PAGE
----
All these later cars were powered by lead-acid cells and all suffered the big problem that EVs exhibit today: endurance. Various attempts were made to overcome this limitation including exchange battery programs at service stations but it wasn’t until 1916 that there were enough homes wired for electricity that self-charging became practical, and by then the gas-powered vehicles were coming into their own.
Thomas Edison was, of course, in the middle of battery solutions and he developed the nickel-iron (NiFe) rechargeable battery. Edison was heavily into sales gimmicks for his technology, including the electrocution of animals with ac to show how unsafe it was compared to his beloved dc, culminating in the awful destruction of Topsy the elephant at Luna Park Zoo in 1903. To publicize the reliability of his new ‘alkaline storage’ battery technology, he equipped a Bailey electric car with one and it was sent on a 1000 mile endurance run in 1910. There is little information about the number of batteries used in the trip but the route did “include hills.”
NiFe has a lot going for it with both metals being available in abundance and a potassium hydroxide (KOH, caustic potash) electrolyte that, while corrosive (and potentially explosive), is available in huge quantities. The nominal cell voltage is 1.45 V with an energy/weight value of about 50 W.hr.kg-1. Its biggest asset is its life; some batteries have been shown to have lives exceeding forty years and there is a car (named Elizabeth) on display in the Royal BC Museum (Victoria, BC) that still has an operational battery after one hundred years.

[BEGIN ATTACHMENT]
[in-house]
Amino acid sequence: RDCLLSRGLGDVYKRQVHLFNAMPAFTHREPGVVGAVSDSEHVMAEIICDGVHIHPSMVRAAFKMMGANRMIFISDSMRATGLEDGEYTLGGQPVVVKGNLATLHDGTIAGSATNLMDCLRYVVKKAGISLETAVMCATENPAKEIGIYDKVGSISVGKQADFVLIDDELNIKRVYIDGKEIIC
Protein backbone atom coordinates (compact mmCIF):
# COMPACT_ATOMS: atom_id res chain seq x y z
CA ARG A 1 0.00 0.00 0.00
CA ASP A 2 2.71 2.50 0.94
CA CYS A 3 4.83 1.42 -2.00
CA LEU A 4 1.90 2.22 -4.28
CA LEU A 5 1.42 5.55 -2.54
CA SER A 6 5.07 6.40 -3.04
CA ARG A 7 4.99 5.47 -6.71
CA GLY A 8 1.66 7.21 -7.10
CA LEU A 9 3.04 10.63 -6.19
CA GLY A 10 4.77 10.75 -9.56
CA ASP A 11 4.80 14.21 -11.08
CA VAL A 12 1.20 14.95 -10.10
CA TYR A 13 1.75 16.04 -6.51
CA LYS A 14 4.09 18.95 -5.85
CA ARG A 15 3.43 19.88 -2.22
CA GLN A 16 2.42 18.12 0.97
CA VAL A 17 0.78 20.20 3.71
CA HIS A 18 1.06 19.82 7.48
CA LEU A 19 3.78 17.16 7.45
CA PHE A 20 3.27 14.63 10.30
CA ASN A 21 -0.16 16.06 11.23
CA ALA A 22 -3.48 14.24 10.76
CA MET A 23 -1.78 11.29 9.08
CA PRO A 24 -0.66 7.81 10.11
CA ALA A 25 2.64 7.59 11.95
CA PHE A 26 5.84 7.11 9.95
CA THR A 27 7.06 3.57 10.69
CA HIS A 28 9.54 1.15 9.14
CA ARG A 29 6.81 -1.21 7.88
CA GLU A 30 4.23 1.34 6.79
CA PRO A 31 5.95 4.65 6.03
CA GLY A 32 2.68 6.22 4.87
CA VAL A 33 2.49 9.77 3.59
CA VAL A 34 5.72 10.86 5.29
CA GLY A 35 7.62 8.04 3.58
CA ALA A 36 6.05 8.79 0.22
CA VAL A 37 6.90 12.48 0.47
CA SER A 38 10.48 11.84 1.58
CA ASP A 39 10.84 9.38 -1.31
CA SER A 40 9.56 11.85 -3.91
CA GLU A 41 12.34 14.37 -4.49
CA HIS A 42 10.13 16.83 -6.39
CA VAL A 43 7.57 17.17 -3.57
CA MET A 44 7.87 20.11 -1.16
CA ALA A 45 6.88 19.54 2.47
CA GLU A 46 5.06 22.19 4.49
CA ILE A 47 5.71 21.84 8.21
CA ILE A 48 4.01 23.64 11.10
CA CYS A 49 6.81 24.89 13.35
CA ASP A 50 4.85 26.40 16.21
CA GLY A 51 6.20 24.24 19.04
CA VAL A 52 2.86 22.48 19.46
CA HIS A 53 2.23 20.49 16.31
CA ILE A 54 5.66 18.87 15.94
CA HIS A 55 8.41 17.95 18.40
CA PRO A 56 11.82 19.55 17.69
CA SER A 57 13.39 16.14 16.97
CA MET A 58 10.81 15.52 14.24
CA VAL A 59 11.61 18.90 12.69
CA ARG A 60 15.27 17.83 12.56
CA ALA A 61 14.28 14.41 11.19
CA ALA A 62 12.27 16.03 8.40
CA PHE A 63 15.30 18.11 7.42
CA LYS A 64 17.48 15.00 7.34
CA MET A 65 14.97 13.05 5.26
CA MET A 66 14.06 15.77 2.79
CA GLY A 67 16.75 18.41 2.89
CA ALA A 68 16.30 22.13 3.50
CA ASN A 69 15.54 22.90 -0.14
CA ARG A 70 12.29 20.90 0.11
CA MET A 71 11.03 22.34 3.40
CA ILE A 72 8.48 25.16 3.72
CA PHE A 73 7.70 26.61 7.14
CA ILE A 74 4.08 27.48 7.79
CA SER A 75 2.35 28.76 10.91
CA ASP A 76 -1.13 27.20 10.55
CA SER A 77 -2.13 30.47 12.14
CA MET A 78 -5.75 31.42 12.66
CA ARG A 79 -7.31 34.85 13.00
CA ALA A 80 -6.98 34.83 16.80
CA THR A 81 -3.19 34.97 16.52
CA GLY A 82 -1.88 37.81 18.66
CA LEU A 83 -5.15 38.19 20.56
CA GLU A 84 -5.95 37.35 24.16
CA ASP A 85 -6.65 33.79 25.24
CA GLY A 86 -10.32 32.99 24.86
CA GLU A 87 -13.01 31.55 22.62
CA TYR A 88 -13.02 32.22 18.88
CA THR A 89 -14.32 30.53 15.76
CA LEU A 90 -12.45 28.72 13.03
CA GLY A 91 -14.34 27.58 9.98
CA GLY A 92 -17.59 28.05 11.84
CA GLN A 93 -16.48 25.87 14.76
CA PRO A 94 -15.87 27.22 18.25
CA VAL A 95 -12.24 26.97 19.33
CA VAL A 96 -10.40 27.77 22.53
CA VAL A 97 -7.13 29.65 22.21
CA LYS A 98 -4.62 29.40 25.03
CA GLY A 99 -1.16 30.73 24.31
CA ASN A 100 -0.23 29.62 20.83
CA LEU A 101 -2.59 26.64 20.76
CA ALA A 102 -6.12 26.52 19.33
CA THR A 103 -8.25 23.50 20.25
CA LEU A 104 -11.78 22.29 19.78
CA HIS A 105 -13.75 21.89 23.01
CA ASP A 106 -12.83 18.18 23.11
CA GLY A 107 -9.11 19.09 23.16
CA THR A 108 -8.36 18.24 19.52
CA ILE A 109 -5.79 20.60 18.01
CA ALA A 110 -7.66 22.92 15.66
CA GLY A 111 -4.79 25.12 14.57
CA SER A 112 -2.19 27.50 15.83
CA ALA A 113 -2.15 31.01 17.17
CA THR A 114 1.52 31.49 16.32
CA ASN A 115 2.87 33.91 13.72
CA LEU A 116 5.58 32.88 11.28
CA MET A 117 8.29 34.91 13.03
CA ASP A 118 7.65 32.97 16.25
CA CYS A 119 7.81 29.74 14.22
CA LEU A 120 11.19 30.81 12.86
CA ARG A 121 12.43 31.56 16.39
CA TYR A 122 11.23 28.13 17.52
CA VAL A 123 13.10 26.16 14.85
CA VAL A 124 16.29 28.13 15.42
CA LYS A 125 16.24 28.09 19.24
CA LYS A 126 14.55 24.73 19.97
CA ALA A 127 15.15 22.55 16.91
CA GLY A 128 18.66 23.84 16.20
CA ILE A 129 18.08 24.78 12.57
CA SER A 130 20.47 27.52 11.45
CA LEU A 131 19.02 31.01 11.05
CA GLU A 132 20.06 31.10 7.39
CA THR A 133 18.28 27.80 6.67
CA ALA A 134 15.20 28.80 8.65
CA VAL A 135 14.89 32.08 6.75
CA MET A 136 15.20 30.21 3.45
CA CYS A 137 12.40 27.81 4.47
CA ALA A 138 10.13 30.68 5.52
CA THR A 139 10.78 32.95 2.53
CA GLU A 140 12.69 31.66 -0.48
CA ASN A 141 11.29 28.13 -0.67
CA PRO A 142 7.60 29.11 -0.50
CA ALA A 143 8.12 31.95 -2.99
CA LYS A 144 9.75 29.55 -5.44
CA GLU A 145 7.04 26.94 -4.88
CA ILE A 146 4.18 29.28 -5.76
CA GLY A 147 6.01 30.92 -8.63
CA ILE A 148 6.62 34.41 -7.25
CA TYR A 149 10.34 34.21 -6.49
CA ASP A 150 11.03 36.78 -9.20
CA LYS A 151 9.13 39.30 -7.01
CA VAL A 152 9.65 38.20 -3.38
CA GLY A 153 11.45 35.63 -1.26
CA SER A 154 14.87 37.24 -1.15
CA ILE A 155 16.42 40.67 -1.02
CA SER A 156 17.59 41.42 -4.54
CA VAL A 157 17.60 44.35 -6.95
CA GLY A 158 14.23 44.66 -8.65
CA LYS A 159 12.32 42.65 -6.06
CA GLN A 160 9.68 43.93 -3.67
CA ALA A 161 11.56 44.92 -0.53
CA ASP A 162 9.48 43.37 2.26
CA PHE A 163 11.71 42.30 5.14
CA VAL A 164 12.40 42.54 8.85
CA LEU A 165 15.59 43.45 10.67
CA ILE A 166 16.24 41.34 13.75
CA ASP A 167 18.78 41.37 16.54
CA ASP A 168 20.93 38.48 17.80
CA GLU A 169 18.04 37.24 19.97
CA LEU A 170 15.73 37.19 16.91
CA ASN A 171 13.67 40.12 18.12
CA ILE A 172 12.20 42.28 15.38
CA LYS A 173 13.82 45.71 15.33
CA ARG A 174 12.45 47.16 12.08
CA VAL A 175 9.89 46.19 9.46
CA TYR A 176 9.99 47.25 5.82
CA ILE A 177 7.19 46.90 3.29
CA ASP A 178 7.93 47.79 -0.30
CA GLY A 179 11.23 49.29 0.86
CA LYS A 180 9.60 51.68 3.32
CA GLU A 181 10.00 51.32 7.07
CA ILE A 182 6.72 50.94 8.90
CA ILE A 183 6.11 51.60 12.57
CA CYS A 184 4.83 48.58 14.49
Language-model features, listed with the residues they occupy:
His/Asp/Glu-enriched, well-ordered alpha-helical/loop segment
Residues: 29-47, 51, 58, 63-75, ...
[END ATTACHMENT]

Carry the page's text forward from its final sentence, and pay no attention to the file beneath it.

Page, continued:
Because of this longevity and its ability to withstand overcharge and short-circuit abuse it has been well used as a back-up power source and was designed into mining lamps, railroad signaling, submarines, and solar systems, but production stopped in North America in 1972, and when Exide Corporation bought the technology from the Edison Storage Battery company in 1975 all the processes were shelved, presumably to protect their lead-acid product lines.
Now, there is a possible revival of the technology in a modern form. Researchers at Stanford University have published a paper in the journal Nature Communications detailing a 1 V NiFe battery that employs carbon nanotubes and graphene hybrid materials as electrode materials.
The battery exhibits extremely fast charging and discharging rates (over 1000 times faster than Edison’s battery construction) and can deliver more than twice the power/weight (120 W.hr.kg-1).
The idea that such a cell/battery could be developed to replace the heavy metal batteries of today – with all the attendant environmental nightmare scenarios that go with them – is extremely welcome news. The research is a long way from that stage with the prototype just able to power a flashlight but the technology should be scalable to much more useful levels. The very fast charging times, for example, should make them extremely attractive to emergency and military uses.
Edison would be delighted to see dc making such progress. If he was around today, he would probably be intent on remaking the Sony documentary to show that ac actually killed the electric car: "Westinghoused" is probably the term he would use.